Parking: Its Effect on the Form and the Experience of the City

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Taul, Stephen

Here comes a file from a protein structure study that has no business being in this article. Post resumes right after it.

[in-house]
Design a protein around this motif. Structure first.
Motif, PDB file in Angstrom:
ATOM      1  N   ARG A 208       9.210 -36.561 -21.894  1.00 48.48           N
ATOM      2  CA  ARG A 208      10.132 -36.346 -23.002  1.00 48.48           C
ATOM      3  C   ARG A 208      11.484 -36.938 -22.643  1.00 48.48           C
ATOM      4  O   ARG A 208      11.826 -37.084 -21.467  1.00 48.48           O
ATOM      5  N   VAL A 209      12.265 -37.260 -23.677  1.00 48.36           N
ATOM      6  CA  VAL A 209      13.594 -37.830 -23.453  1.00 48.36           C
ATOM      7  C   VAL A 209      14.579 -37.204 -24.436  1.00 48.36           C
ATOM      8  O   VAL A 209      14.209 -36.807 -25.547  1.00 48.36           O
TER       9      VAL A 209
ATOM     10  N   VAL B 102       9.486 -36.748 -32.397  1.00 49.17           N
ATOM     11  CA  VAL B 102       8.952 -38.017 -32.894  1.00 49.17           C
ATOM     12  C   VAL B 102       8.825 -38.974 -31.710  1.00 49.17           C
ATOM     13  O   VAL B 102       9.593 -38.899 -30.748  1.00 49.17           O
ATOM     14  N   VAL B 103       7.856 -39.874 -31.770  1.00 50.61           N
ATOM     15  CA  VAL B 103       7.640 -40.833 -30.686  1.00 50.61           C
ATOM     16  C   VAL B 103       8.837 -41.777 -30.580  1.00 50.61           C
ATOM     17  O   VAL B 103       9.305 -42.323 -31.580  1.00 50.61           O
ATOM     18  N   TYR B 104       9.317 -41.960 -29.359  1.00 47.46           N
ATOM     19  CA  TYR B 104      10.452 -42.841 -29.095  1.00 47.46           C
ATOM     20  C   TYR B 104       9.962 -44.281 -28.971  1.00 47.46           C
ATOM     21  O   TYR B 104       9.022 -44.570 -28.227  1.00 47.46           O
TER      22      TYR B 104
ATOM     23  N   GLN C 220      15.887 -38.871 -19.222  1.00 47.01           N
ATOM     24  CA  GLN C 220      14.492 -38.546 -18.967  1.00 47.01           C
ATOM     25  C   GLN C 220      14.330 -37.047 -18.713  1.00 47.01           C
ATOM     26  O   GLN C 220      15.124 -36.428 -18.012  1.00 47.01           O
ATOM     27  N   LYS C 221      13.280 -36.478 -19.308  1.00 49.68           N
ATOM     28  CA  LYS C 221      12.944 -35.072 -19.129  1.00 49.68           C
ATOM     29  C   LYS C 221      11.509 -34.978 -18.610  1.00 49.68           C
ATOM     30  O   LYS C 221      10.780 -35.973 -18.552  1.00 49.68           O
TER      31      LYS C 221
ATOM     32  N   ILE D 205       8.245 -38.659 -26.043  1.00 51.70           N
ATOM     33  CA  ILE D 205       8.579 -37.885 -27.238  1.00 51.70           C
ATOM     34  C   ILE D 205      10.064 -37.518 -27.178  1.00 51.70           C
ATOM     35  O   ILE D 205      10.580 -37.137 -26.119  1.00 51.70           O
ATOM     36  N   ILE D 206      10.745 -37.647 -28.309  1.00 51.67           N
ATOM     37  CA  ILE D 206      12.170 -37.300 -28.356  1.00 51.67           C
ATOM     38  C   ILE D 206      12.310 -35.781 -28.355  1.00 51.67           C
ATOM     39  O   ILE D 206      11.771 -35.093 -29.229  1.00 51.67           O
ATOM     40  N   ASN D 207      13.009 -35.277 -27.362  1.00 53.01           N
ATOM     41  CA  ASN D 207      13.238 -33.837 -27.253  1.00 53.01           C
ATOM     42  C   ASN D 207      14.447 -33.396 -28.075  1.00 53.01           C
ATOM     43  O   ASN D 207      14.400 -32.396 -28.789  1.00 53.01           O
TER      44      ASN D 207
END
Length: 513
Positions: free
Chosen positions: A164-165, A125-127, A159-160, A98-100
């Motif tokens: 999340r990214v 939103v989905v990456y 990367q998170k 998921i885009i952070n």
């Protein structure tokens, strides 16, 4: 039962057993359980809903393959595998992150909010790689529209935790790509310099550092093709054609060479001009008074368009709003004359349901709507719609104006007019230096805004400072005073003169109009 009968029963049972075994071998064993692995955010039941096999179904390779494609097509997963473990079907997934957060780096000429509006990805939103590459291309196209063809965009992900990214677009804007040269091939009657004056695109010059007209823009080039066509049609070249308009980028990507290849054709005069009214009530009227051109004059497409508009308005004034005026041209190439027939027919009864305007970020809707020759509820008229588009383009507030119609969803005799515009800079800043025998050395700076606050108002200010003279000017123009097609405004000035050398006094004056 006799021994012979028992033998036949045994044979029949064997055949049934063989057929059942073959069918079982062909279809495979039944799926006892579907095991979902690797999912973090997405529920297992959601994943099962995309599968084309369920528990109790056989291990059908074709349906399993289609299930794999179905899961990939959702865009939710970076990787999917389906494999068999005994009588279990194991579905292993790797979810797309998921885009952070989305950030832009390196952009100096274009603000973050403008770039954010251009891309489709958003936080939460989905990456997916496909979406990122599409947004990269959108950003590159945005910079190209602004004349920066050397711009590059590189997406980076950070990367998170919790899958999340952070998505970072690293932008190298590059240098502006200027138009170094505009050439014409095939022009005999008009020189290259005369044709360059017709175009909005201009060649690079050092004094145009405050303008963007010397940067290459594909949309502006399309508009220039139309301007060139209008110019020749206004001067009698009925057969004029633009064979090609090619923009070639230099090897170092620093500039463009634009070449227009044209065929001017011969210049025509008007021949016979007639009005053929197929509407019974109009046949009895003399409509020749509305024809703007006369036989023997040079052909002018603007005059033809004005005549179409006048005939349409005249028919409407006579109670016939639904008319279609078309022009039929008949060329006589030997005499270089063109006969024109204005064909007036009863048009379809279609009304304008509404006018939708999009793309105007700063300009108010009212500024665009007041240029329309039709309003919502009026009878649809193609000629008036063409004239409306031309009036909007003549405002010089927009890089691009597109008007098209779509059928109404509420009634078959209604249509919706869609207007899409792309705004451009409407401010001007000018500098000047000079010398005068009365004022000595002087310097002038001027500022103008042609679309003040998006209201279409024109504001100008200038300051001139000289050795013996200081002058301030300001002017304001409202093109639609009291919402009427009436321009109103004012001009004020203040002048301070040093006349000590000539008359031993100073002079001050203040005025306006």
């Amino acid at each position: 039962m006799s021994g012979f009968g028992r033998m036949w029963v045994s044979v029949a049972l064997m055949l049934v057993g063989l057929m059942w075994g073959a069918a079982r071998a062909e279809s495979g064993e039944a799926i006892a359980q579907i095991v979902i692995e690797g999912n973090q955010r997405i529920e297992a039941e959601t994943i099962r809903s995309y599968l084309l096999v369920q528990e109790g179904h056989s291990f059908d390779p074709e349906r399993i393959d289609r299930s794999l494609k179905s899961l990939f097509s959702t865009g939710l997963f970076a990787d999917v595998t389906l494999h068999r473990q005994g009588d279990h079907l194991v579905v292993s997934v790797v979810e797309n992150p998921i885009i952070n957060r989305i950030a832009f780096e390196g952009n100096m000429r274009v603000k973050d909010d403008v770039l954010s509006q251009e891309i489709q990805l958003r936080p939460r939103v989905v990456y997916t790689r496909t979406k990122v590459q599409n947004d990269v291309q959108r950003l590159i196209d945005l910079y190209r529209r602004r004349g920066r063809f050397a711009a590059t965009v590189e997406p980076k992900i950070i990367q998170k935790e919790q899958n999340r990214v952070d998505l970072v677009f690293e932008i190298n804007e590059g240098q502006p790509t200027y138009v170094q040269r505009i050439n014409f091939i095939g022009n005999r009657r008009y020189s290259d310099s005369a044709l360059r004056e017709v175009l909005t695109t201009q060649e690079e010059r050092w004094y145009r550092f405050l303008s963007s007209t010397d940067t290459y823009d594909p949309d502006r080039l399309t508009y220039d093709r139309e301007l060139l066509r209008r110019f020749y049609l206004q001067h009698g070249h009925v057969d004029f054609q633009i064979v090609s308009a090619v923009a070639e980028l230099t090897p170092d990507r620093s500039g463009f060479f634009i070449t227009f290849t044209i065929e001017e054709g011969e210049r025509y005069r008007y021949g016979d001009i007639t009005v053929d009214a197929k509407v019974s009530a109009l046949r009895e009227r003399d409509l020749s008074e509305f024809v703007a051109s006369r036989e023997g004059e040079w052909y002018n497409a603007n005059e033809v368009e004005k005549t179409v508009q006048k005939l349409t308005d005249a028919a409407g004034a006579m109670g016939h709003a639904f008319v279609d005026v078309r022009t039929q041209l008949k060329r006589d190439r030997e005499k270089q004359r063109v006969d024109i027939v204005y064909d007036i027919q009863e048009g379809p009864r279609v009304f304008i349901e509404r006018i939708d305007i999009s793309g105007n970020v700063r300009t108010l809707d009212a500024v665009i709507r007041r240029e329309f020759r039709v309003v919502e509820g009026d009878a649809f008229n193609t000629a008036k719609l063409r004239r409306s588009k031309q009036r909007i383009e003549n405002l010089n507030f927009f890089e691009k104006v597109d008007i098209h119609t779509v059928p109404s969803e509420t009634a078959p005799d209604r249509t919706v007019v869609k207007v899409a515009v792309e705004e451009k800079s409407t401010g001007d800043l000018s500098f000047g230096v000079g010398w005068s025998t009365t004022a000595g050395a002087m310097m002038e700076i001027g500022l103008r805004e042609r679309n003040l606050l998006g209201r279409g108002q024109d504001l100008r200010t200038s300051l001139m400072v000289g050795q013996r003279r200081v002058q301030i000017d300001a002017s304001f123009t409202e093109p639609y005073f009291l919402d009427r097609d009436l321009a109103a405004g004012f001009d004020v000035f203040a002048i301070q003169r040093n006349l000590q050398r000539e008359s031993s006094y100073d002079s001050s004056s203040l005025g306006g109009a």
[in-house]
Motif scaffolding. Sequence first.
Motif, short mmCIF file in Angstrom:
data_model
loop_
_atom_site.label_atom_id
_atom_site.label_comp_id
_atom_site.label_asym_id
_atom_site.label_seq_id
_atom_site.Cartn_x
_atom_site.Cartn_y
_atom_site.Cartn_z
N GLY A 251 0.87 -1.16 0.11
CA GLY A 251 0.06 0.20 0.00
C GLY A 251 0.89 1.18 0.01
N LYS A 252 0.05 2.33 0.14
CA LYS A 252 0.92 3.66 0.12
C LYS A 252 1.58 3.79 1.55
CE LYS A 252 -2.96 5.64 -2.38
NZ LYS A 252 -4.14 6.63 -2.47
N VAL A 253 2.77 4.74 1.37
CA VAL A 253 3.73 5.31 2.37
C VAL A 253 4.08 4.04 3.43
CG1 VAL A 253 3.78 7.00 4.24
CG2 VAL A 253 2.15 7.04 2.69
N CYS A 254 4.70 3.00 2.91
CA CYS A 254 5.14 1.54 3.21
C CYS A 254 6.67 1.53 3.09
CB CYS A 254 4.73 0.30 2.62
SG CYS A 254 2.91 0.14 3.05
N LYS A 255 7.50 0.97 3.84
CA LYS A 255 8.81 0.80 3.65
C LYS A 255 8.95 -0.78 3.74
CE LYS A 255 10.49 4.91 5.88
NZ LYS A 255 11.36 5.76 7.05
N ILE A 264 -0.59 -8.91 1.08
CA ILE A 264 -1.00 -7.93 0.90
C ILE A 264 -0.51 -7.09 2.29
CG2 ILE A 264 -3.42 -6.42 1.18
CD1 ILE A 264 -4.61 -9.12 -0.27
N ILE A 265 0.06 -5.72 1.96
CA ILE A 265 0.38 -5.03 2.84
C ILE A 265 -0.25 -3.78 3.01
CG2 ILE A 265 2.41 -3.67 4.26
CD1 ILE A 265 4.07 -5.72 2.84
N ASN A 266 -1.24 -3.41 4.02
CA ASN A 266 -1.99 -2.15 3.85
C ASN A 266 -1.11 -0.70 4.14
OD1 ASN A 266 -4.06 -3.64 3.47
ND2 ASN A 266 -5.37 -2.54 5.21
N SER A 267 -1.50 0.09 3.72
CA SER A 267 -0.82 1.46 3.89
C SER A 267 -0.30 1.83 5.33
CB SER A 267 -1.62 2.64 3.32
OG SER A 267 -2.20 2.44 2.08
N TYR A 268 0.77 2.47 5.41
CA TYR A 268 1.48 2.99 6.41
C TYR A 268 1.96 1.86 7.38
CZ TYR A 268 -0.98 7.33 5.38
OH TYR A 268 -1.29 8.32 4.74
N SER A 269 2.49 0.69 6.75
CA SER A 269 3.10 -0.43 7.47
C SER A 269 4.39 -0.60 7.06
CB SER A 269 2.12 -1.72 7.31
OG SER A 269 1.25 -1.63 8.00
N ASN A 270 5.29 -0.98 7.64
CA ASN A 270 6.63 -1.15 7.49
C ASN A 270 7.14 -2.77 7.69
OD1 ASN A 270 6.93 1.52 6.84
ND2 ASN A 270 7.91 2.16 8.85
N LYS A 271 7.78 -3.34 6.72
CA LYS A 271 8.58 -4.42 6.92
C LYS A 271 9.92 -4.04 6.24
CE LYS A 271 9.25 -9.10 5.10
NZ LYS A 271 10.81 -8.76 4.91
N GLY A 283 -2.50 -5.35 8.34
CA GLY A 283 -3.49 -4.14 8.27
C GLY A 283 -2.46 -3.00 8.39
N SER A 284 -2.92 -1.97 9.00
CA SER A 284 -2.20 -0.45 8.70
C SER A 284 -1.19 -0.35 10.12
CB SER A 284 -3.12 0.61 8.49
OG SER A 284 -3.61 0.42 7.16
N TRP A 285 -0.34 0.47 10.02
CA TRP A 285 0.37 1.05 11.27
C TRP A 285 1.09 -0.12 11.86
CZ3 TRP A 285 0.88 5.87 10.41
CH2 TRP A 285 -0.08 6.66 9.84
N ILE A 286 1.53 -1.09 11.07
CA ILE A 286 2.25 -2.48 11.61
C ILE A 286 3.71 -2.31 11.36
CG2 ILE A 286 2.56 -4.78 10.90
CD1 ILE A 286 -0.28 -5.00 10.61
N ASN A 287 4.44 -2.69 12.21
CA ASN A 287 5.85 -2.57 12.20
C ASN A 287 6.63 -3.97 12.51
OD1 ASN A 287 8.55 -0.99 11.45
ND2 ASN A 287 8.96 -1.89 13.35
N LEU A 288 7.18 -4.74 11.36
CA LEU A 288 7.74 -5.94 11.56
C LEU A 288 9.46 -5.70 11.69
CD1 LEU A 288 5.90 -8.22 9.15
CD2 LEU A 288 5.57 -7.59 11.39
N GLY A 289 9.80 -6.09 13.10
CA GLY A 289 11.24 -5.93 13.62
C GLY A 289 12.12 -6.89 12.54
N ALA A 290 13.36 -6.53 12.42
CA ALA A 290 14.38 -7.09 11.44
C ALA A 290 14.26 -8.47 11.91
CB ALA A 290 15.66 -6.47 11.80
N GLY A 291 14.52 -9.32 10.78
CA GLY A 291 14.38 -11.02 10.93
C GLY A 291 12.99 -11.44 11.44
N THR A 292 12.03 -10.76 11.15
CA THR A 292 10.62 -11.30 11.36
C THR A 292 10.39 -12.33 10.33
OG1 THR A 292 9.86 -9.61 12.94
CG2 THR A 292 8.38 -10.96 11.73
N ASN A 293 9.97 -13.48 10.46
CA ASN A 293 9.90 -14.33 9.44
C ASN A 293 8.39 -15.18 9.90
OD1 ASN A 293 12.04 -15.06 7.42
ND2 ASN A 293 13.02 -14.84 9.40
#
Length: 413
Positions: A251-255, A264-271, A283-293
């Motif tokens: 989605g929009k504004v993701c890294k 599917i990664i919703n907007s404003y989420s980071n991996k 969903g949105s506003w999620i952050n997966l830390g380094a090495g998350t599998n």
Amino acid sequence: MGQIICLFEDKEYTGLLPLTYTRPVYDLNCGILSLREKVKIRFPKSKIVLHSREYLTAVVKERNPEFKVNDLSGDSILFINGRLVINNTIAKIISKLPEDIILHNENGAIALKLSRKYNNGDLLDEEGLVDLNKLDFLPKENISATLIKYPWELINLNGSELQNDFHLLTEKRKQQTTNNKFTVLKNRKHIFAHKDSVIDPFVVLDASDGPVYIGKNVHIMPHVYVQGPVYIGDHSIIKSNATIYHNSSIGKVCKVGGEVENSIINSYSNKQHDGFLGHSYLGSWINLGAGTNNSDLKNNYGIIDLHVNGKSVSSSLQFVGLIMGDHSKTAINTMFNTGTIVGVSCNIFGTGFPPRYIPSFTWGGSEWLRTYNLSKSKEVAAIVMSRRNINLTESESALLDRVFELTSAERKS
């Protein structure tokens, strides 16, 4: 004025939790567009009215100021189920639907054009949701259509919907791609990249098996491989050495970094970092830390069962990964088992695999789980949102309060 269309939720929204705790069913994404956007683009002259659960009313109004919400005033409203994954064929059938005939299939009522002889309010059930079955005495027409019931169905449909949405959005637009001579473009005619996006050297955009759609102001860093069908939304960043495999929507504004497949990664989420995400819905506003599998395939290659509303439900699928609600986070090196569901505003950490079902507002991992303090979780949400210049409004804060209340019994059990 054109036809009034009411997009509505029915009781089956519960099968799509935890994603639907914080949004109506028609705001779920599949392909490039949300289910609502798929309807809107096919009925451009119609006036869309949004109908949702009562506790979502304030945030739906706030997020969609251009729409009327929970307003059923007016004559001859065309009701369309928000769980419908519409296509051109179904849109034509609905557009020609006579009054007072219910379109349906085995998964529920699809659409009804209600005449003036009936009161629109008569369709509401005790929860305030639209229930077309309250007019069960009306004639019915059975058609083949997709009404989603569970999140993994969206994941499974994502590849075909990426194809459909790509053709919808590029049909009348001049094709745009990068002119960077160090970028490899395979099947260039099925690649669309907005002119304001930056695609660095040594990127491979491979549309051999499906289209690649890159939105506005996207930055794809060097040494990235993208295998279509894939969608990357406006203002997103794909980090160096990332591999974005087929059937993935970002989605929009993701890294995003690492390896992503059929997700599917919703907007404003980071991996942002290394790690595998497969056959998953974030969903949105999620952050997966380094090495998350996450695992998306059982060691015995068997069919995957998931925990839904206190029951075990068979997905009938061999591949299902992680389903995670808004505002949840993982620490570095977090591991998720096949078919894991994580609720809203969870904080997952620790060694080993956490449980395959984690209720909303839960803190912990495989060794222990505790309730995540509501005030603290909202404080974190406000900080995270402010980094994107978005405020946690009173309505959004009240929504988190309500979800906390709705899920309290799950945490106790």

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This paper argues for the rethinking of parking policy to maximize social interaction in the public realm. This proposal is framed by three questions. First, what are the recent findings from urban design and planning research and practice about the proper amount, ownership structure, and design of parking to enable walkable urbanism? Second, what specific characteristics enable parking to be integrated into dense urban districts without sacrificing the social significance of the public realm? Third, what policies and design strategies can be developed, based on the evidence above, to promote the creation of walkable urbanism? Three urban districts in Atlanta are the focus of the detailed analysis of parking. These are Downtown, Midtown and Buckhead. These three districts were chosen because of their similar status as the three largest commercial and financial districts in the city, but unique orientation to the automobile. Their current parking requirements are compared based on quantity as well as other factors. Parcel data is used to show the parcels with parking as a principle land used to roughly estimate the amount of street activity generated by parking. Representational buildings are selected to analyze and can be divided into three typologies based on the building's orientation to the automobile, each having implications on the functionality of the city. In order to create a walkable urban district, parking regulations must be redesigned to prioritize the pedestrian and promote the most efficient use of space. This can be accomplished by regulating the amount, ownership and design of parking. Five basic rules can be used to ensure that parking prioritizes the pedestrian experience. These rules include: parking requirements based on factors of walkability, required shared parking, common ownership of parking, maximized on-street parking, and direct connections from off-street parking to the public sidewalk.
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